In the 1960’s some people, like me, went to college to “get an education” and prepare for life. People with college degrees seemed to earn higher salaries, and this is probably why many people’s parents sent their children to college. I received a bachelor’s degree in art from a small liberal arts college in Maine. Eventually it dawned on me that the most important thing I learned in college was not the course subject matter, but how to think: the ability to reason, do critical thinking, solve problems, etc. During this time, approximately, I was introduced to letterpress printing in high school, continued with letterpress at the non-credit graphic arts workshop in college, and had hands-on jobs in the shops of two letterpress printers and one offset printer. After college, since it was during the Vietnam war, I went into the US Air Force for four years. That four years gave me the time to do my final preparation for life and decide what to do with the rest of it. My two occupational loves were railroading and printing. Since railroads were in bad shape at that time, I chose printing. I applied to Rochester Institute of Technology’s graduate program and did two years of graduate work in printing Technology, which included a veriety of hands-on printing courses as well as research methods, etc. After RIT, I was hired by a large packaging corporation and worked in package printing R&D, supervision, etc. for many years, from which I am now semi-retired. I took a break from industry during 1981-1995 to teach letterpress, litho, flexo, graphic design, etc. in a community college, and took several college level education courses to maintain my teacher certification. Along the way, I have had my own small letterpress shop for much of the time. So for me, what started out as preparation for life, ended up as preparation for my life’s work.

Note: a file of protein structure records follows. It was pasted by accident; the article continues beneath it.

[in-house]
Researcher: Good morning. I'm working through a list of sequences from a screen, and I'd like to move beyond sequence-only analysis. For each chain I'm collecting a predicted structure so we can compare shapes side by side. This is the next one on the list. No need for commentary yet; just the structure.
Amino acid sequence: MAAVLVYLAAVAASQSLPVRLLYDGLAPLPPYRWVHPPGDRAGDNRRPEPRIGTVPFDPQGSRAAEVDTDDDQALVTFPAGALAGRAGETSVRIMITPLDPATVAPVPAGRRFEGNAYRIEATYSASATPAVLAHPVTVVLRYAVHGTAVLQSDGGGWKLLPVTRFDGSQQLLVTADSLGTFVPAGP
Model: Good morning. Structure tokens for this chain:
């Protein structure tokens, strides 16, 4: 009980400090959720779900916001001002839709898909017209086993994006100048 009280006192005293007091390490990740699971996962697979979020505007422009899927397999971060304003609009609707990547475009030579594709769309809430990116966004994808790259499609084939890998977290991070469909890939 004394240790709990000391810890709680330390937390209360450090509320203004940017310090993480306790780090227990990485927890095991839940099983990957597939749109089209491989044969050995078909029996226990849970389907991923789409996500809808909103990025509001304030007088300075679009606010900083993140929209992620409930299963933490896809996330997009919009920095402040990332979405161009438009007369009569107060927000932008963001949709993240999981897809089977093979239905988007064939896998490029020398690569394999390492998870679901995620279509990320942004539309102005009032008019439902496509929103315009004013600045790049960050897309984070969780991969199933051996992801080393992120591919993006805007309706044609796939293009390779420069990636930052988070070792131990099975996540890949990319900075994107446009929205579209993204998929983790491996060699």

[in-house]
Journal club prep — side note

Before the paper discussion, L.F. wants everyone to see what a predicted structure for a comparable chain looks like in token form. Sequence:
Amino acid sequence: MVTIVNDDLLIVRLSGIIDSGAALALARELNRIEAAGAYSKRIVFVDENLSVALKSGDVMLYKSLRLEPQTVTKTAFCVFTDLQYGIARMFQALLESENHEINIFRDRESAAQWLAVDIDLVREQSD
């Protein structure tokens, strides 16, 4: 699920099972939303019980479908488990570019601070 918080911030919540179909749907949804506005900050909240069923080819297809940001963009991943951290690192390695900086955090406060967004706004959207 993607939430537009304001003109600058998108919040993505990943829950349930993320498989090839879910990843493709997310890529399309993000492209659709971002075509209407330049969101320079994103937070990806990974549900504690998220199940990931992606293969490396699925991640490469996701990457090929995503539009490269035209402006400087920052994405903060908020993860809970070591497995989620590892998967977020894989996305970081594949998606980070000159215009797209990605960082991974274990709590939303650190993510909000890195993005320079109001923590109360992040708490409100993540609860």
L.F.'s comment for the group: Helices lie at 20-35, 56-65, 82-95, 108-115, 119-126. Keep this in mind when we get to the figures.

As I said, my liberal arts degree mainly taught me how to think, however my education in art during this time was also to help in my graphic arts career. My graduate work, even though I didn’t receive another degree, also taught me how to think but more importantly, gave me advanced technical skills in printing, and in research methods for R&D.

I didn’t tell you all this because I wanted you to know about me. It was my intention to give you an example of one person’s education and how it influenced his life and career.

Highly recommended, of course is this:

Nineteenth-Century Printing
Practices and the Iron Handpress
with Selected Readings
by Richard-Gabriel Rummonds
Foreword by Stephen O. Saxe

What’s amazing is how much value I’ve gotten from these 100-300 year old texts. As much as anything, the parts on how to run your business and deal with your clients…